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CMH asks state to approve Albany Med as its parent


Reproduced with permission from the Times Union,

ALBANY–Columbia Memorial Hospital has asked the state Health Department to approve a plan to make Albany Medical Center its parent.

A review committee has recommended the plan be approved. The final say rests with the state Public Health and Health Planning Council, which will consider the issue at its October 8 meeting.

Columbia Memorial asserts that the move would make the delivery of health services more efficient and stable in its region, while also saving costs, according to information published online by the Health Department. The plan involves no exchange of cash or assets.

Columbia Memorial lost $2.2 million in 2013, $550,000 in 2014 and nearly $400,000 in the first half of this year, Health Department documents show. Albany Med had operating income of $10 million in 2013 and $34.7 million in 2014.

A spokesman for Columbia Memorial said officials did not want to discuss the plan until after the October 8 Health Department meeting. An Albany Med spokesman did not return a call.

The state review comes a little more than a year after the two hospital-based health systems announced they were in talks to affiliate, saying at the time that a full merger was not under consideration.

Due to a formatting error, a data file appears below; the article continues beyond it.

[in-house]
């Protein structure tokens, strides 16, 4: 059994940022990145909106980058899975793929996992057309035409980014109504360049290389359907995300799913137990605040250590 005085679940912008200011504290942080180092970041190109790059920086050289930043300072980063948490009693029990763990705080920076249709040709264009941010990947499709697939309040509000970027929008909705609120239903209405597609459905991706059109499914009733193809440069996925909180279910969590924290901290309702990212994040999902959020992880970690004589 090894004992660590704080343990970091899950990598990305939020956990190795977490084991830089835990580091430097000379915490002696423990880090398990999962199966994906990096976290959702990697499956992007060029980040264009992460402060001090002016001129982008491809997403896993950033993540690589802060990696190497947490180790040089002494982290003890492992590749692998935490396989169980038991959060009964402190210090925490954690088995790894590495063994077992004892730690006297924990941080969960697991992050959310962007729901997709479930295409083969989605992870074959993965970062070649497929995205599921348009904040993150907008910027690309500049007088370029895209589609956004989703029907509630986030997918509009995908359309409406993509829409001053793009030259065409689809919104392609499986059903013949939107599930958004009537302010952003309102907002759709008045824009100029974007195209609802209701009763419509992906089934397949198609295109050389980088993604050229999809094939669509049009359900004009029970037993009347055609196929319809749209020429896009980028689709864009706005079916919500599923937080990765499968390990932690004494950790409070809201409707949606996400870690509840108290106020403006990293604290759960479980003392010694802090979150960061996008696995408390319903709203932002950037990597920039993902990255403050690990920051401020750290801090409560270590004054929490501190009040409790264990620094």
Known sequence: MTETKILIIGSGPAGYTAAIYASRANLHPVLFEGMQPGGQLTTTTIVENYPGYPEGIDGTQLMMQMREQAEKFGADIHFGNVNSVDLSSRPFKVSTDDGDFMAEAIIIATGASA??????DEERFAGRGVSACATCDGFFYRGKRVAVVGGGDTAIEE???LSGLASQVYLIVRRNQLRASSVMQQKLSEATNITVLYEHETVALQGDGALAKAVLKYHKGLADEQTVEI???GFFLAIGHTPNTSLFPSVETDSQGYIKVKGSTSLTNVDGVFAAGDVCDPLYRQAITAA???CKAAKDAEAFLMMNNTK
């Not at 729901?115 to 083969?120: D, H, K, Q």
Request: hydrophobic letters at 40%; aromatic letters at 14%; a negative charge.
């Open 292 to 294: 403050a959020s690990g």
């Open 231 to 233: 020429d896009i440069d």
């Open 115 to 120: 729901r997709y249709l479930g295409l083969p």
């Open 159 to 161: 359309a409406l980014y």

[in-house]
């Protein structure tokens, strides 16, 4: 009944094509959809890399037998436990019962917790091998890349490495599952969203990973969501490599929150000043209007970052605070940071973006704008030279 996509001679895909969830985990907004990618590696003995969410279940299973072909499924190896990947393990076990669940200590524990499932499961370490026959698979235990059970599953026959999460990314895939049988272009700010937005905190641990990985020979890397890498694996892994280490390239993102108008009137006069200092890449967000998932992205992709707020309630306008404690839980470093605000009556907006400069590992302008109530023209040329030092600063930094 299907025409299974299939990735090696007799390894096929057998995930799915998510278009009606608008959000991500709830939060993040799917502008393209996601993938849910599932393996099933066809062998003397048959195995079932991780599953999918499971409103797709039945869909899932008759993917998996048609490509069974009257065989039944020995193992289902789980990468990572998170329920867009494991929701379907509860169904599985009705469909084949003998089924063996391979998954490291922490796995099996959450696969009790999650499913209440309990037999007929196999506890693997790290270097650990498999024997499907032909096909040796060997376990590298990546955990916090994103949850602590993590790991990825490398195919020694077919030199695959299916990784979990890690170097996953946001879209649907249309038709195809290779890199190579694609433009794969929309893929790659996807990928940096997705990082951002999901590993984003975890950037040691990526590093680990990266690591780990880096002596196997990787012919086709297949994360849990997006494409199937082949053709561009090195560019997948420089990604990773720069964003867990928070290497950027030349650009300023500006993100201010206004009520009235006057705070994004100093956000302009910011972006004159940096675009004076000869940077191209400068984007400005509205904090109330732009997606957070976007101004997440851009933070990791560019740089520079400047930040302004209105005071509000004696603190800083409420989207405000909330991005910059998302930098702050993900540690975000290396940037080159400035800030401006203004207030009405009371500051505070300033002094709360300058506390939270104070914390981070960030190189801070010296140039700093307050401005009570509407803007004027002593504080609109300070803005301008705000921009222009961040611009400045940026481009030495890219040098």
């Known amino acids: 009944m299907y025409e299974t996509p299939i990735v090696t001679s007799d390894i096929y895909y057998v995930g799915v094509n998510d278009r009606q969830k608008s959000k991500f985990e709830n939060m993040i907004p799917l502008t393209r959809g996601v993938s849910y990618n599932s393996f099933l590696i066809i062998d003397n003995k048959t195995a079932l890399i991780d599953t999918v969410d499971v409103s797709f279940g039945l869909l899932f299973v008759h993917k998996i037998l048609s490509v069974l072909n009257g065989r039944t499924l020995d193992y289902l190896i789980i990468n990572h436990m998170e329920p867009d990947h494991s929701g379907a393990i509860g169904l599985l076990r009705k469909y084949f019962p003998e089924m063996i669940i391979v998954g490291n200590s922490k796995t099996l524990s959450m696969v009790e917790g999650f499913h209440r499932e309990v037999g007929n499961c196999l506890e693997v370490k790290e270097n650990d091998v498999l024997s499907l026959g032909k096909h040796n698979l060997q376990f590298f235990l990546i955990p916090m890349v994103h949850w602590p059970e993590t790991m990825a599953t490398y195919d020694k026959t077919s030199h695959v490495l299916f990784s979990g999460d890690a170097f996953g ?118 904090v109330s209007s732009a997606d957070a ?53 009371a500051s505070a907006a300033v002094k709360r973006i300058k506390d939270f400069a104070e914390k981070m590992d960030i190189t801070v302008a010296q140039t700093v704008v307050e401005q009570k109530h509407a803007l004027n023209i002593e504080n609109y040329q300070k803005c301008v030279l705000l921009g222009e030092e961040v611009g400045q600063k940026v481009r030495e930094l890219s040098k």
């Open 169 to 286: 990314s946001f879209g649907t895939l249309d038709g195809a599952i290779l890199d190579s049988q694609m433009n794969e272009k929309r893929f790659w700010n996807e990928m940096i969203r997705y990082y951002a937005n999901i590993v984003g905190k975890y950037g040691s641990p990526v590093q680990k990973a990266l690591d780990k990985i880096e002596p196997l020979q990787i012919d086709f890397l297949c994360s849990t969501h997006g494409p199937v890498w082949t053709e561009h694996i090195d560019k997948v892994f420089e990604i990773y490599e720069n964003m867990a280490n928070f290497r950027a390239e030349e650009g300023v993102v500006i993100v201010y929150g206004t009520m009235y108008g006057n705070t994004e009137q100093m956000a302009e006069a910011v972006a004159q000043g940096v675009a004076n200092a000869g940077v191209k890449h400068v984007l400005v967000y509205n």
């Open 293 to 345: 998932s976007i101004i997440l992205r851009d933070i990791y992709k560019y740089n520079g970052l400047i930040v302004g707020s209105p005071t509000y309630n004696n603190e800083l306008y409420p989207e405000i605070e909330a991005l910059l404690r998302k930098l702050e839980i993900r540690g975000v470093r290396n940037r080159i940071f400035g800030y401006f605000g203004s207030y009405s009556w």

The proposal awaiting final state endorsement would make Albany Med parent and co-operator of Columbia. Albany Med would have the right to approve: appointments to Columbia Memorial’s Board of Directors; in consultation with the Columbia Memorial board, the hiring and firing of the CEO; budgets and strategic plans; and debt exceeding $1 million that the smaller hospital planned to acquire.

Medical services at the 192-bed hospital in Hudson and its satellite clinics would not change, according to the proposal.

At the time of their announcement to affiliate last year, officials at the two organizations said they wanted to seek ways to leverage each other’s expertise, rather than duplicate services.

Generally, the Health Department encourages alliances among medical providers if they improve results and decrease costs by reducing unnecessary hospitalizations.

The region’s hospitals and health systems have consolidated and formed alliances in recent years to survive amid government health reforms and changing methods of payment for medical services.

Saratoga and Glens Falls hospitals also announced last year they were talking about potential collaboration, Albany-based St. Peter’s Health Partners and Schenectady-based Ellis Medicine — each the result of previous hospital mergers — last year created a “clinically integrated network” to recruit doctors and compete as one unit for new types of contracts with public and private insurers.

Emerging models of payment for medical services favor organizations that can provide a broad range of care while keeping administrative efficiencies. Coordinating care and intervening in the early stages of an illness — when services cost less and are more effective — have become primary goals under reforms.

To contact Claire Hughes email or call 518-454-5417.


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